Website changes, 1918 pandemic, TWSBI Eco, "Serious Nibbage," Bittner's pens, haiku errors, Tabios & Dovelion, Shirin Neshat, & Eydís Evensen.
I’m making some changes to my website, basically paring it down to essentials. The site will feature only my newer (done within the last several months) work. Also, I will be moving all older works to my SaatchiArt page. This will take some time; I’ll need to photograph, and in some cases re-shoot earlier images (as I mentioned in a recent newsletter, I’m not the best photographer).
Today’s lunch topic with my partner was about social connections missed during the pandemic, and I was wondering if the 1918 flu pandemic was anything like today’s pandemic, especially in terms of anti-vaxxers. Later he sent me a little flu collage from history.com that featured 1918 Chicago headlines and an article by Kiona M. Smith (in Forbes) about San Francisco’s Anti-mask League during the flu pandemic.
Apparently, today’s situation has many parallels with the earlier pandemic. And yes, humans don’t learn much from past experiences, sorry to say, despite the communications resources available to us these days.
A couple new bedtime pieces, photographed on my bed, right after completion:
I continue to draw with my Phileas Waterman pen, and it’s working quite well. I have to be careful, though, when drawing over other media such as watercolor, marker, or acrylics, which could clog the nib.
And, as promised, here is my new TWSBI Eco!
Or rather, this is part of the Eco, as I loaded it with ink, using the piston action. Behind it is the box and logo. As you can see, the pen came with little red wrench and tiny bottle of silicon grease. Definitely not a fancy pen, but it’s fun; I like the clear barrel and ability to see the ink in the cartridge.
I got the “B” size nib, which is the next-to-largest size. The cap is just a bit too long and heavy, and the pen feels better with the cap off. However, the ink flows beautifully through the nib without a skip. Not much flex in the nib, but that’s not something I need for the type of drawing I do.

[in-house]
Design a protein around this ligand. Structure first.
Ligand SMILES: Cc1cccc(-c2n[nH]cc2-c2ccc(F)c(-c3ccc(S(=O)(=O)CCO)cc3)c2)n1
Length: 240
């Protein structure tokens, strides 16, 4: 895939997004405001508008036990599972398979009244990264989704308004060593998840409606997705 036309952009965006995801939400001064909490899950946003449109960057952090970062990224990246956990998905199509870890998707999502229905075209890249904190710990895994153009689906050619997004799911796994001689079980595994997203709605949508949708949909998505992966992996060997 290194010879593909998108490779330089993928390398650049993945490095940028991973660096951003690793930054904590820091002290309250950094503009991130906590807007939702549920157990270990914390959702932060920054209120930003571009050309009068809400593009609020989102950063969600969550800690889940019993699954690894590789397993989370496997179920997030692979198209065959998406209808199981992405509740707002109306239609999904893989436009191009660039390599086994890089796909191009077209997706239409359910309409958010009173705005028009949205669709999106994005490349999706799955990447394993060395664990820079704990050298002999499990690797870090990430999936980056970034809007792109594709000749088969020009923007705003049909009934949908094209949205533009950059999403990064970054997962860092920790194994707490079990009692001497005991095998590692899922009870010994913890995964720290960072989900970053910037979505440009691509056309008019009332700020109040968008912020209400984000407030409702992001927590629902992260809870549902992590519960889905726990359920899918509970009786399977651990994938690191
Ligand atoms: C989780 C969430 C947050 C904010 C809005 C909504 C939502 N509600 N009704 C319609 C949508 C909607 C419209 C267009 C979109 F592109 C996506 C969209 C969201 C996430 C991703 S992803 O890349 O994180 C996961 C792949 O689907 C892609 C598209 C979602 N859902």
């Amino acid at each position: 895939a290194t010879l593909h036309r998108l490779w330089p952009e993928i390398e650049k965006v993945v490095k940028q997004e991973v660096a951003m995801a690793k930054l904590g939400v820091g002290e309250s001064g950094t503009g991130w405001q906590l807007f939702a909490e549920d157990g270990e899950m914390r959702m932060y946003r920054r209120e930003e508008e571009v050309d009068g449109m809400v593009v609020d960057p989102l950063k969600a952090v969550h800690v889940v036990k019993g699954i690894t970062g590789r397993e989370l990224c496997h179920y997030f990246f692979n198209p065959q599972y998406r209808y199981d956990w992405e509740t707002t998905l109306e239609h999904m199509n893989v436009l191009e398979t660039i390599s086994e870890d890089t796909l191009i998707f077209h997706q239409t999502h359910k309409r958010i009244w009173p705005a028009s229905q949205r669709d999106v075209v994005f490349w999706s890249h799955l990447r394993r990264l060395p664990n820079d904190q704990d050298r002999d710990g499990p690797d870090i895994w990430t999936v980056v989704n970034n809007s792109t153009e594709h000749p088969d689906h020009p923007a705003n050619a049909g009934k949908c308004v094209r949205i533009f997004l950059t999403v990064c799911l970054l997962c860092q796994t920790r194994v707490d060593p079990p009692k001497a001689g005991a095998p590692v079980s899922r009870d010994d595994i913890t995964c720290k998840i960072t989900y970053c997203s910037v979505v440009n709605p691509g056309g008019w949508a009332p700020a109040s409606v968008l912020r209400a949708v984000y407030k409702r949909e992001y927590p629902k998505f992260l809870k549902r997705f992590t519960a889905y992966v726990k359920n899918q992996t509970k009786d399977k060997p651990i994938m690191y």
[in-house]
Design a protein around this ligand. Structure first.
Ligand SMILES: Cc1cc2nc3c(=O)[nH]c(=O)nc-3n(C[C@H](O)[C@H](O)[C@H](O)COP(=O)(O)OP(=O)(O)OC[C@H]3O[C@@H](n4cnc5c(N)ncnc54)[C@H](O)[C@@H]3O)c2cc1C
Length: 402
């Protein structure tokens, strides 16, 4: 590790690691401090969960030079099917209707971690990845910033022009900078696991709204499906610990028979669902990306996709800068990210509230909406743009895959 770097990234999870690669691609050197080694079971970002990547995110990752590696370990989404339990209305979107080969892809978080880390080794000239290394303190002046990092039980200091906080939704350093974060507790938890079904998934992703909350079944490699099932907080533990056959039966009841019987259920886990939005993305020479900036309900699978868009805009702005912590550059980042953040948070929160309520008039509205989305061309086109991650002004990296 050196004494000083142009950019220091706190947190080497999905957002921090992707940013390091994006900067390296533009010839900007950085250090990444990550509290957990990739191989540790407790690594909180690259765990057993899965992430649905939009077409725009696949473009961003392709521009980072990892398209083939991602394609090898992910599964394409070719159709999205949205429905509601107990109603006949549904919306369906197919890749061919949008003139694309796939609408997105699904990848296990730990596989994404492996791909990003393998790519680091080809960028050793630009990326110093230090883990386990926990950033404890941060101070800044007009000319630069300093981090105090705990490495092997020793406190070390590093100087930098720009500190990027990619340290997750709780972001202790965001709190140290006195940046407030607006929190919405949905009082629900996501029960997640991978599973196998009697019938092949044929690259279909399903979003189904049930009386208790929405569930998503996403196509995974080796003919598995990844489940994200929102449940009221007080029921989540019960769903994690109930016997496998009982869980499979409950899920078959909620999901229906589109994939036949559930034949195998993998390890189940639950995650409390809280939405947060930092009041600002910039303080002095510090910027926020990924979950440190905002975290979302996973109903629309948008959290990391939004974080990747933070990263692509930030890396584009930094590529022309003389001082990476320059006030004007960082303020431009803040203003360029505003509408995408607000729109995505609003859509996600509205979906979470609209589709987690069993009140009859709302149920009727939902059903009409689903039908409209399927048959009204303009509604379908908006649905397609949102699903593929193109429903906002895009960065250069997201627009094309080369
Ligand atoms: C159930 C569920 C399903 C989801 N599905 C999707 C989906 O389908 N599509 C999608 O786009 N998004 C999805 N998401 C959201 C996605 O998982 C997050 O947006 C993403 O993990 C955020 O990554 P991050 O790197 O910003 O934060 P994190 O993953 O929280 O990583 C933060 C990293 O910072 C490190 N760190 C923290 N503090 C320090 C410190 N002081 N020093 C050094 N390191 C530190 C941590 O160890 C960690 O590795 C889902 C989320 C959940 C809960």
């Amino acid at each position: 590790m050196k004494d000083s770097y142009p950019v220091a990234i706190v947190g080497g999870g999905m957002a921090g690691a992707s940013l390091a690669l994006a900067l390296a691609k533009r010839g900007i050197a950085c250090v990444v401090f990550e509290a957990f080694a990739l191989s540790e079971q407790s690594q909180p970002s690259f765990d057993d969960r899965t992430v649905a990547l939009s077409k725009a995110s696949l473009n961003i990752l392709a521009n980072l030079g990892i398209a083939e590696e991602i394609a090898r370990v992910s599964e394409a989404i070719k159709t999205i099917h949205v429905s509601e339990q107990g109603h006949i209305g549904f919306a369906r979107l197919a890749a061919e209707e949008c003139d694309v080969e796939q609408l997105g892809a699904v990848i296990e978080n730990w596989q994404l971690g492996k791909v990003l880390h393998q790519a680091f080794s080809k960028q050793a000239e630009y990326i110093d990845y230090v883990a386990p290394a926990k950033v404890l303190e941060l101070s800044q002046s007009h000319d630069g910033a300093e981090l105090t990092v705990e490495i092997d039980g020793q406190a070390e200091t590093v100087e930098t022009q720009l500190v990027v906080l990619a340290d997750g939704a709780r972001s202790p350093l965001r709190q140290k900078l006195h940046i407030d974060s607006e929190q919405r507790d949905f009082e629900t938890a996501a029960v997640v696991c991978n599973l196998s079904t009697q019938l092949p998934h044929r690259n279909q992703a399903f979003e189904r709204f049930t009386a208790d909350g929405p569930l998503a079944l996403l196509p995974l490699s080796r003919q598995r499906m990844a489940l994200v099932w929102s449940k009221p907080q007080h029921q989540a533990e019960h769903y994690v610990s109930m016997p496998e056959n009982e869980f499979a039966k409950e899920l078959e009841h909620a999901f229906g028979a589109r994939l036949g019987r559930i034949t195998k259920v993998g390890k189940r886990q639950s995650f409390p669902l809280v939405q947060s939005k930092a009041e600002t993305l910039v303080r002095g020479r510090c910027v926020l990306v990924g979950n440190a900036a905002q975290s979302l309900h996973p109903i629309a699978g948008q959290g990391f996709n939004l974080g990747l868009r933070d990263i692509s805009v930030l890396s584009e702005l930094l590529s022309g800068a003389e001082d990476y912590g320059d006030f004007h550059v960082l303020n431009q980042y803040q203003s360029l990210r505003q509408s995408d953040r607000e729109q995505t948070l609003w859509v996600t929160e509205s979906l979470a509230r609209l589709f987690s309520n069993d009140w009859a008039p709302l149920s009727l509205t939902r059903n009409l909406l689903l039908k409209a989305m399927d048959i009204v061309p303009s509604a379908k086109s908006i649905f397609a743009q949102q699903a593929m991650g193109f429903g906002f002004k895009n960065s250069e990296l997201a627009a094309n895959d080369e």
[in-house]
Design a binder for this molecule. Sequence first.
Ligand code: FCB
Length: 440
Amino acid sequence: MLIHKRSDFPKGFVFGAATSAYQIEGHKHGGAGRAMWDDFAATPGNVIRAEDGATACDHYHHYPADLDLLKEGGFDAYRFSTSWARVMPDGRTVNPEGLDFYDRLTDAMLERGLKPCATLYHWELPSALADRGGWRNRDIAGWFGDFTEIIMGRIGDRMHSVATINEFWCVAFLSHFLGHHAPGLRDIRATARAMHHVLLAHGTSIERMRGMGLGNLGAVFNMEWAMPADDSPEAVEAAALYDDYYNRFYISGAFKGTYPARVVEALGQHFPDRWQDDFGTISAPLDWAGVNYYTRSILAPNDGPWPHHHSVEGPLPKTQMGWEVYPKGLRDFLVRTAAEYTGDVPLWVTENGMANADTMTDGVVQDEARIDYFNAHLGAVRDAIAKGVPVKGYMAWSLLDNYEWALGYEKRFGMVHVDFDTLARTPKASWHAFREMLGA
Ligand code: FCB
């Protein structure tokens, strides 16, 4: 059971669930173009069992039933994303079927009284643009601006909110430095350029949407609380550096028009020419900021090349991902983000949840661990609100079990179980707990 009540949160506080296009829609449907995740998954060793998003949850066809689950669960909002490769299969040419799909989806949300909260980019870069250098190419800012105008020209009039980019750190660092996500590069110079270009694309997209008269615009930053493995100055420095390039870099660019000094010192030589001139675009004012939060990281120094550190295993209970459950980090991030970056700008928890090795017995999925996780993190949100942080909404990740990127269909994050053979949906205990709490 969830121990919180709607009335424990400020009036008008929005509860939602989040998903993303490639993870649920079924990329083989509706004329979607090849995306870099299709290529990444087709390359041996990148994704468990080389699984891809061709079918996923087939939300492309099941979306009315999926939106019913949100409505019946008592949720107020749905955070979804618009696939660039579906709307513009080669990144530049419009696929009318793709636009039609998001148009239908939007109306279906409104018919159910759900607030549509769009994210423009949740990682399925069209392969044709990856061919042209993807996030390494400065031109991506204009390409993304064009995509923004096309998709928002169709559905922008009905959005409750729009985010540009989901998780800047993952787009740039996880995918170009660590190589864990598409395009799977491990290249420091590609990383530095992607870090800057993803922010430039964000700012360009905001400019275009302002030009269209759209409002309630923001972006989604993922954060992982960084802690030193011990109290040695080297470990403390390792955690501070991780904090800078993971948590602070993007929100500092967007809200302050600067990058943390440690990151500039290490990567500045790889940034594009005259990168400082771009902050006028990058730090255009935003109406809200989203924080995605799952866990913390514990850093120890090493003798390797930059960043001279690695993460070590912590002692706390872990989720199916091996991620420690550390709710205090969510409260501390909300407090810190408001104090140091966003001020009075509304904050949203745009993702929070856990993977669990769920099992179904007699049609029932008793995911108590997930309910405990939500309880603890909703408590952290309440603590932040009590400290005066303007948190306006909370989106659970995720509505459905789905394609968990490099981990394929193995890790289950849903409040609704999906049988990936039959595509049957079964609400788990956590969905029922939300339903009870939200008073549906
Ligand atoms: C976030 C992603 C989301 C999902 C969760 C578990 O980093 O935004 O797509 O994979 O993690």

Above, a closer view of the pen filled with ink, after doing a drawing with markers on Arches drawing paper. This paper is not a great choice, both for markers (they leak through) and for fountain pen, but it’s beautiful paper, and I just had to try it. The markers leaked through, but not the ink; both the ink (J. Herbin, Perle Noir) and nib did pretty well on this paper, despite its rough surface.
Aziza and Stephen, of “Serious Nibbage” (the Minion behind them gives you a preview of their style) review the TWSBI Eco; Aziza is right about TWISBI’s “baffling” illustrated instructions; but even without them, filling the pen is easy to figure out:
Stephen Brown (in the above video) has described himself as a fountain pen “user” rather than a “collector.” I suspect that Bittner’s, located in nearby Carmel, attracts more of the collector types. Me—I’m pretty sure I’ll be a user.
For the second time, I recently posted a different number of links than was stated in the numbered title of this section. Obviously I can’t count. From now on let’s just keep it simple and call this the “LINKS” section.
I first learned about haiku from reading Jack Kerouac. But have we been writing haiku all wrong? Kent Morita tells us it’s all about “mora“ (via poet Eileen Tabios):
“I try to write from nowhere, and end up focusing, anyway, on what really concerns me; that’s my general approach to poetry, and I applied it to the novel.”
As I’ve mentioned in previous issues of this newsletter, I’ve been creating visual art using constraints. Tabios, also, wrote Dovelion using several arbitrary constraints: 1) to write the novel everyday during the year 2016; 2) to begin each day of the novel with the phrase “Once Upon a Time,” and 3) to keep the novel focused on a simple movement performed by the protagonist. She discusses this process and more in a fascinating conversation with author Reine Arcache Melvin. I’m always impressed with Tabios’ wide-ranging knowledge and how it informs her writing:
Iranian artist Shirin Neshat combines Persian calligraphy, photography, and film in “Dreams are Where Our Fears Live”:
And just like that, it’s after midnight: Sunday.
Have a great week . . .